Home » Interviews » “A formal system of education cannot teach you anything about creativity” – Abhijit Deonath

He has been a geologist, have worked in the IT and banking sector and is now ready to release his first film as a director. Abhijit Deonath, who has written and directed the Rajeev Khandelwal starrer ‘Salt Bridge’, is a man of many talents. He has also written and composed the seven songs of his debut film, all of which were shortlisted in the Original Song category for the 88th Academy Awards. In this interview, he talks about ‘Salt Bridge’, getting Rajeev Khandelwal on board for the film, getting into filmmaking after dabbling in different professions over the years and what he is making next.

How did this film take shape?

I come from a literature background, so I have always been inclined towards writing and telling stories. I wanted to reinvent myself as a literary person, so I started writing this story. When the story got completed, I thought it will make for an interesting film. That is how the process of making this film started.

Is it based on a real-life event?

You get inspired by the incidents around you and weave stories. That is true for every piece of literature and film out there. I must have been sub-consciously inspired by a few incidents while making the film but the film is not inspired from any particular event as such.

Do you have formal training in filmmaking?

I do not have any formal training in theatre. Most of my professional career is based on the informal education I have received in life through practical experiences. I am not a great believer in formal education.

You have spent a lot of years in Australia. Do you still live there?

Yes, I still live in Australia. I have come to Mumbai for a short period of time to promote the film. I have worked in different areas throughout my professional career. I started out as a geologist. Then, I worked on some projects in the IT sector. Later, I worked in the banking sector as well. I am a visiting faculty at the Australian National University. I have a strong inclination towards science. I keep doing scientific research. I am involved in projects related to science popularisation and inter-disciplinary science in India. I visited Chennai recently for the same and will be going to Hyderabad soon.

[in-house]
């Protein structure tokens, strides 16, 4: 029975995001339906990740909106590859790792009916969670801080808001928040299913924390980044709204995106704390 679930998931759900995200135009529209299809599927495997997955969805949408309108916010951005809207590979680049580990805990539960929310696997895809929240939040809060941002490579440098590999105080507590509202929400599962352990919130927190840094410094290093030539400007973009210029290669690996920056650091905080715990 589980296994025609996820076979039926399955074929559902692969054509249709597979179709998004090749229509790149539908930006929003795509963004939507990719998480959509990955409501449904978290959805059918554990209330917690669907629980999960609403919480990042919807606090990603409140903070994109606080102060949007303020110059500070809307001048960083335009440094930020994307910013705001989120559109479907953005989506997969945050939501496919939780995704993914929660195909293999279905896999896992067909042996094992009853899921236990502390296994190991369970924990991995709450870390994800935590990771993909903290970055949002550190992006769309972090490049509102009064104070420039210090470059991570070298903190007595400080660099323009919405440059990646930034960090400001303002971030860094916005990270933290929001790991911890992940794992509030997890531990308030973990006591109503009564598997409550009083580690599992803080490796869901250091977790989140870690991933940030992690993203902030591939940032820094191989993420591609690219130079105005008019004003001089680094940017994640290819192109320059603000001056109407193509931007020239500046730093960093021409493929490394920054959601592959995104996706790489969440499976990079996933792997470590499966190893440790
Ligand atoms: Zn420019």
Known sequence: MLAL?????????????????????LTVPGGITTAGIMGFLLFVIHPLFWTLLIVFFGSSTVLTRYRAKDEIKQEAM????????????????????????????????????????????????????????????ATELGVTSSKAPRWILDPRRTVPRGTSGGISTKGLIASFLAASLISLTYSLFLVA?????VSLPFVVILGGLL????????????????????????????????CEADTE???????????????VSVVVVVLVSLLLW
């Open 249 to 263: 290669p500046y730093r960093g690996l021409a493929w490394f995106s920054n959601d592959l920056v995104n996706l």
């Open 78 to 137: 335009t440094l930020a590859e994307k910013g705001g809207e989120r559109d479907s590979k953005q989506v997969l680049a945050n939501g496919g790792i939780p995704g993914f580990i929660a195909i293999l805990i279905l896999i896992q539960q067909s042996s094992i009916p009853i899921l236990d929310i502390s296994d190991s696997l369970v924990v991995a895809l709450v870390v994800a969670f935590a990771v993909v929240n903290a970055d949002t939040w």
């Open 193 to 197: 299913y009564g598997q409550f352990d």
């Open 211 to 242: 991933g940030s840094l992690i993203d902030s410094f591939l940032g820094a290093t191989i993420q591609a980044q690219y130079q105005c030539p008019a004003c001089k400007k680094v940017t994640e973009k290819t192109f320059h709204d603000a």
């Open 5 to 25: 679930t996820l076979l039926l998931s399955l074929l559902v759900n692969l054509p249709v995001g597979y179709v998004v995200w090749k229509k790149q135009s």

How did you get into filmmaking after working across such different professions?

Filmmaking is ultimately about telling stories. A formal system of education cannot teach you anything about creativity. You can teach people how to edit a video or handle a camera but you cannot teach somebody to create something from the scratch.

Was it easy to get Rajeev Khandelwal on board for the film?

I spoke to him about the film and he asked me to send the script to him. After reading the script, he told me he felt as if he was reading a piece of literature and not a film script. That was a huge compliment. After that, making the film was quite a smooth process.

Seven songs from the film were shortlisted in the Original Song category for the 88th Academy Awards.

Yes, that is true. This seems even more special as I have written and composed the songs myself. I hope people like the music when it comes out. There is an Academy in Los Angeles where screenplays of films from all over the world are archived. They had asked me to send the script of ‘Salt Bridge’ to be archived there. I feel hugely honoured to think that my script is kept in the same archival with the scripts of the some of the best films made in the world.

What are you making next?

I have a variety of concepts lying with me. They are spread across several genres such as sci-fi, social drama and thriller. Right now, I just want on focus on ensuring a good release for ‘Salt Bridge’. Post the release of the film, I will be in a better frame of mind to decide what I will be making next.

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